Augmented reality, or AR, is the next computing platform, and Apple, Inc. (NASDAQ:AAPL) and Alphabet, Inc. (NASDAQ:GOOGL) (NASDAQ:GOOG) are the leaders in that mission, Loup Funds co-founder Gene Munster said in a note.
Google’s AR Glasses: Google previewed its AR glasses at its I/O 2022, but did not announce the timing of availability, Munster said. The analyst expects it to be available by 2024.
Google’s AR glasses preview highlighted an AR implementation of Google Translate, providing subtitles to one’s experience of the world, the analyst noted. This isn’t surprising, given that real-time translation has been an anticipated use case of an AR wearable, he added.
Privacy would be the biggest challenge with Google’s AR Glasses, the analyst said, basing his deduction on the privacy concerns with Google Glass, which the company announced a decade ago.
Google, through its 2020 acquisition of smart eyeglass maker North, has built retinal projection technology that features 2D elements floating a meter before the eyes, the analyst said. The company has acquired other AR tech as well, he added.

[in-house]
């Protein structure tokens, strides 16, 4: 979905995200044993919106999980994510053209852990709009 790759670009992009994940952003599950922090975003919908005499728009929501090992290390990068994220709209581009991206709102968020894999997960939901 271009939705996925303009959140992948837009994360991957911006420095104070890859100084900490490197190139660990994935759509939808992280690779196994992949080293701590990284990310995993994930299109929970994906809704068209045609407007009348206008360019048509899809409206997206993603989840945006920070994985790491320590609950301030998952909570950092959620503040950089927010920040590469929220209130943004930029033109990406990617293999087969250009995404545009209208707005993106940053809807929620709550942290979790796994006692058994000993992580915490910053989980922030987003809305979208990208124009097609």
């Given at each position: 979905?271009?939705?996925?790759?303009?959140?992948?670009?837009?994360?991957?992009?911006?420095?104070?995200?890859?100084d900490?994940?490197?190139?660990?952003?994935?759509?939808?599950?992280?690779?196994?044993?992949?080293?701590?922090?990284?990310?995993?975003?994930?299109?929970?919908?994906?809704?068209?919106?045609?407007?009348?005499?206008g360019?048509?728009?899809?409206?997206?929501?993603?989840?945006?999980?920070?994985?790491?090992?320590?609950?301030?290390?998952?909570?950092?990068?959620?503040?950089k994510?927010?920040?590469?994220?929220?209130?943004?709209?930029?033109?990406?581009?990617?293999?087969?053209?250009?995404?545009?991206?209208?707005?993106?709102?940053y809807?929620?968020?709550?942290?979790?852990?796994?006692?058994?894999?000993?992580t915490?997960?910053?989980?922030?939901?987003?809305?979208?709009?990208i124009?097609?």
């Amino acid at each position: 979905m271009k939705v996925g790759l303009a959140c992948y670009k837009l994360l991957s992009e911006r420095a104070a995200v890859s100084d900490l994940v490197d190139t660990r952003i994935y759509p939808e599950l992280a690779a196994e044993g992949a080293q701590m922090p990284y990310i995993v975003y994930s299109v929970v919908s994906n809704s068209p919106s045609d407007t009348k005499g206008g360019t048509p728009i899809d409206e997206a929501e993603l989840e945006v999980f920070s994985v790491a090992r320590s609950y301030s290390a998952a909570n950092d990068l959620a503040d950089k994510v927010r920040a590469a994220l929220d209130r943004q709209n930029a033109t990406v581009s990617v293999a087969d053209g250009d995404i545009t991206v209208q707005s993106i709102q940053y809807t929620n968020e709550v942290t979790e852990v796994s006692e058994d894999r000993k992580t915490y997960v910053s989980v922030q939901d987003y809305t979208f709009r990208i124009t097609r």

The analyst estimates that Google’s R&D spending on AR is around $39 billion.
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Apple MR Glasses: For Apple, AR is lower in priority than auto but higher than healthcare, Munster said. The company, however, will be one of the two most meaningful contributors to AR hardware, along with Google, he added.
Chief executive officer Tim Cook’s AR use-case vision, the analyst noted that, includes education, entertainment, interactive gaming, enterprise, among others.
The analyst said Apple will likely release its MR headset in 2023 or 2024, followed by the Apple Glass in 2026.
As far as privacy is concerned, Apple has cleverly opted for LiDAR sensors, instead of camera, the analyst said. This will allow environmental awareness without becoming an invasion of privacy, he added.
Apple has filed over 59 patents related to in-air gestures and other patents related to a spatial 3D audio engine to enhance virtual reality gaming, Munster said. The analyst also noted that the company has filed for the patenting of a feature referred to as “optical subassembly,” which would perfect impaired vision, allowing the AR device to take the place of prescription lenses.
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Munster expects Apple’s MR headset to be priced around $3,000, making it only reasonable for tech geeks and early tech adopters.
“Mainstream adoption will need a sub $1,000 price and more features to convince people to wear these devices in their daily lives,” he added.
Apple may be spending around $26 billion for AR R&D, the analyst said.
Apple closed Friday’s session up 3.19% at $147.11, according to Benzinga Pro data. Google parent Alphabet ended 2.96% higher at $2,330.31.
Photo: Created with an image from WIKITUDE on Flickr